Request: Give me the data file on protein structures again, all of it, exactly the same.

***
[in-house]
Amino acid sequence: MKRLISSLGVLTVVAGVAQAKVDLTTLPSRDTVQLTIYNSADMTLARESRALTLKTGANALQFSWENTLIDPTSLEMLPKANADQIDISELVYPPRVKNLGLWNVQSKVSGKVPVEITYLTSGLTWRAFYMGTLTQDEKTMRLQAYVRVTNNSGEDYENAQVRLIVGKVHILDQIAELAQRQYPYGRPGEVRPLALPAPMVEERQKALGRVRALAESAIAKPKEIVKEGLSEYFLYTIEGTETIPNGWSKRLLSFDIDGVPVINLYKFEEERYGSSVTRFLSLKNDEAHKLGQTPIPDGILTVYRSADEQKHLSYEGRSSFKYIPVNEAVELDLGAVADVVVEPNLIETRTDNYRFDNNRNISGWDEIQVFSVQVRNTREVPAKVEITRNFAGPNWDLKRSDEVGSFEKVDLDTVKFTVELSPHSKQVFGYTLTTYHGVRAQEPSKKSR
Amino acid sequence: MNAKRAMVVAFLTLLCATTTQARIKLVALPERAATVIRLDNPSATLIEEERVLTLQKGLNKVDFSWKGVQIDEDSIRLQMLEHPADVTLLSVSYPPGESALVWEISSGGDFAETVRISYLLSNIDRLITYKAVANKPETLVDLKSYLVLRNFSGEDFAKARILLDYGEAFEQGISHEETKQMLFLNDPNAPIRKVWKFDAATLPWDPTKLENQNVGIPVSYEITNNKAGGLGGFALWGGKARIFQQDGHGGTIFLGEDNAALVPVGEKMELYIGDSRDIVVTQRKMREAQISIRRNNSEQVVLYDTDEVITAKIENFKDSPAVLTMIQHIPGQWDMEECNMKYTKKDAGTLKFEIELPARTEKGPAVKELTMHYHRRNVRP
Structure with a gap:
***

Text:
[in-house]
Amino acid sequence: MKRLISSLGVLTVVAGVAQAKVDLTTLPSRDTVQLTIYNSADMTLARESRALTLKTGANALQFSWENTLIDPTSLEMLPKANADQIDISELVYPPRVKNLGLWNVQSKVSGKVPVEITYLTSGLTWRAFYMGTLTQDEKTMRLQAYVRVTNNSGEDYENAQVRLIVGKVHILDQIAELAQRQYPYGRPGEVRPLALPAPMVEERQKALGRVRALAESAIAKPKEIVKEGLSEYFLYTIEGTETIPNGWSKRLLSFDIDGVPVINLYKFEEERYGSSVTRFLSLKNDEAHKLGQTPIPDGILTVYRSADEQKHLSYEGRSSFKYIPVNEAVELDLGAVADVVVEPNLIETRTDNYRFDNNRNISGWDEIQVFSVQVRNTREVPAKVEITRNFAGPNWDLKRSDEVGSFEKVDLDTVKFTVELSPHSKQVFGYTLTTYHGVRAQEPSKKSR
Amino acid sequence: MNAKRAMVVAFLTLLCATTTQARIKLVALPERAATVIRLDNPSATLIEEERVLTLQKGLNKVDFSWKGVQIDEDSIRLQMLEHPADVTLLSVSYPPGESALVWEISSGGDFAETVRISYLLSNIDRLITYKAVANKPETLVDLKSYLVLRNFSGEDFAKARILLDYGEAFEQGISHEETKQMLFLNDPNAPIRKVWKFDAATLPWDPTKLENQNVGIPVSYEITNNKAGGLGGFALWGGKARIFQQDGHGGTIFLGEDNAALVPVGEKMELYIGDSRDIVVTQRKMREAQISIRRNNSEQVVLYDTDEVITAKIENFKDSPAVLTMIQHIPGQWDMEECNMKYTKKDAGTLKFEIELPARTEKGPAVKELTMHYHRRNVRP
Structure with a gap: